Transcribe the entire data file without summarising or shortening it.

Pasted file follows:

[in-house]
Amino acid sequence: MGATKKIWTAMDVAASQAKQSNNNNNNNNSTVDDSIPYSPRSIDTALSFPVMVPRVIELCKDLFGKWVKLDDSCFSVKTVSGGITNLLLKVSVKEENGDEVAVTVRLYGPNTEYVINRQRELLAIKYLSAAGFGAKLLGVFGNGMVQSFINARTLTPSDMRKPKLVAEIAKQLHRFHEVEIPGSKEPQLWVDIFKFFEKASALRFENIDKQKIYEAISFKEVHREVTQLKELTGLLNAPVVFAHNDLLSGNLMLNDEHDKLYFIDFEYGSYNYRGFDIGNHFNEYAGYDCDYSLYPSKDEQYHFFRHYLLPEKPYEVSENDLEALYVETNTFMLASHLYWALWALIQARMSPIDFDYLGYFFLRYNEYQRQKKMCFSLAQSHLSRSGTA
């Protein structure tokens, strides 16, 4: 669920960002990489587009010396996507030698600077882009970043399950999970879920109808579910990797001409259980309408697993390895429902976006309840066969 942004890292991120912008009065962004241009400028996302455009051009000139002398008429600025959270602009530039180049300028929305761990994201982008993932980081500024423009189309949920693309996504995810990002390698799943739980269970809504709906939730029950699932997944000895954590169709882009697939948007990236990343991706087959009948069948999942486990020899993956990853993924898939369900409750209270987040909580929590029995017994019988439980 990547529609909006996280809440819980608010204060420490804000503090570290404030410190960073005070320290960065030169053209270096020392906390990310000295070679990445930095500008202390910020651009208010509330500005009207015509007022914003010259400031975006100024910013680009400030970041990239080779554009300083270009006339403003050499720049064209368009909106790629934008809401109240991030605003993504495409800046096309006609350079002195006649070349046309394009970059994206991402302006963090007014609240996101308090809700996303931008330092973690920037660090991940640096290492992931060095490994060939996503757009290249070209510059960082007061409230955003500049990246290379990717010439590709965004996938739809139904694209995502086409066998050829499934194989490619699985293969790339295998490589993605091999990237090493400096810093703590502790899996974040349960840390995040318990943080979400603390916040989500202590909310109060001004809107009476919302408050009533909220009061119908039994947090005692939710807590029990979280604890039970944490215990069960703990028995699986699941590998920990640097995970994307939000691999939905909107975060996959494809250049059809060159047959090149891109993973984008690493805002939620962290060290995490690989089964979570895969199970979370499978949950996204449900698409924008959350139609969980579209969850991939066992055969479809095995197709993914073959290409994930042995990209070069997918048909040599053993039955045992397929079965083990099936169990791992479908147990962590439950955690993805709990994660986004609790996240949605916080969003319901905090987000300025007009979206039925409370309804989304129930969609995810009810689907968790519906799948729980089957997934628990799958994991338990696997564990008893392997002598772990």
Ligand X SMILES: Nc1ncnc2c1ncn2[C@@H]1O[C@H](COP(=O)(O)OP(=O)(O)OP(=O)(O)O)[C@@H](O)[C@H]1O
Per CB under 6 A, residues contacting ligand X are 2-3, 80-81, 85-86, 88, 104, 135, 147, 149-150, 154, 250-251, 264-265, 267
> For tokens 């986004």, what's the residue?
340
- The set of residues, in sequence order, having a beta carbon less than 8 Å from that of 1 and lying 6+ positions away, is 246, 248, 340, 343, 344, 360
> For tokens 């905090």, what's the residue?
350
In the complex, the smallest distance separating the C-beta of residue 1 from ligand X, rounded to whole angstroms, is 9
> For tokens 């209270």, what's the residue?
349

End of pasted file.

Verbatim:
[in-house]
Amino acid sequence: MGATKKIWTAMDVAASQAKQSNNNNNNNNSTVDDSIPYSPRSIDTALSFPVMVPRVIELCKDLFGKWVKLDDSCFSVKTVSGGITNLLLKVSVKEENGDEVAVTVRLYGPNTEYVINRQRELLAIKYLSAAGFGAKLLGVFGNGMVQSFINARTLTPSDMRKPKLVAEIAKQLHRFHEVEIPGSKEPQLWVDIFKFFEKASALRFENIDKQKIYEAISFKEVHREVTQLKELTGLLNAPVVFAHNDLLSGNLMLNDEHDKLYFIDFEYGSYNYRGFDIGNHFNEYAGYDCDYSLYPSKDEQYHFFRHYLLPEKPYEVSENDLEALYVETNTFMLASHLYWALWALIQARMSPIDFDYLGYFFLRYNEYQRQKKMCFSLAQSHLSRSGTA
């Protein structure tokens, strides 16, 4: 669920960002990489587009010396996507030698600077882009970043399950999970879920109808579910990797001409259980309408697993390895429902976006309840066969 942004890292991120912008009065962004241009400028996302455009051009000139002398008429600025959270602009530039180049300028929305761990994201982008993932980081500024423009189309949920693309996504995810990002390698799943739980269970809504709906939730029950699932997944000895954590169709882009697939948007990236990343991706087959009948069948999942486990020899993956990853993924898939369900409750209270987040909580929590029995017994019988439980 990547529609909006996280809440819980608010204060420490804000503090570290404030410190960073005070320290960065030169053209270096020392906390990310000295070679990445930095500008202390910020651009208010509330500005009207015509007022914003010259400031975006100024910013680009400030970041990239080779554009300083270009006339403003050499720049064209368009909106790629934008809401109240991030605003993504495409800046096309006609350079002195006649070349046309394009970059994206991402302006963090007014609240996101308090809700996303931008330092973690920037660090991940640096290492992931060095490994060939996503757009290249070209510059960082007061409230955003500049990246290379990717010439590709965004996938739809139904694209995502086409066998050829499934194989490619699985293969790339295998490589993605091999990237090493400096810093703590502790899996974040349960840390995040318990943080979400603390916040989500202590909310109060001004809107009476919302408050009533909220009061119908039994947090005692939710807590029990979280604890039970944490215990069960703990028995699986699941590998920990640097995970994307939000691999939905909107975060996959494809250049059809060159047959090149891109993973984008690493805002939620962290060290995490690989089964979570895969199970979370499978949950996204449900698409924008959350139609969980579209969850991939066992055969479809095995197709993914073959290409994930042995990209070069997918048909040599053993039955045992397929079965083990099936169990791992479908147990962590439950955690993805709990994660986004609790996240949605916080969003319901905090987000300025007009979206039925409370309804989304129930969609995810009810689907968790519906799948729980089957997934628990799958994991338990696997564990008893392997002598772990």
Ligand X SMILES: Nc1ncnc2c1ncn2[C@@H]1O[C@H](COP(=O)(O)OP(=O)(O)OP(=O)(O)O)[C@@H](O)[C@H]1O
Per CB under 6 A, residues contacting ligand X are 2-3, 80-81, 85-86, 88, 104, 135, 147, 149-150, 154, 250-251, 264-265, 267
> For tokens 């986004």, what's the residue?
340
- The set of residues, in sequence order, having a beta carbon less than 8 Å from that of 1 and lying 6+ positions away, is 246, 248, 340, 343, 344, 360
> For tokens 């905090």, what's the residue?
350
In the complex, the smallest distance separating the C-beta of residue 1 from ligand X, rounded to whole angstroms, is 9
> For tokens 């209270």, what's the residue?
349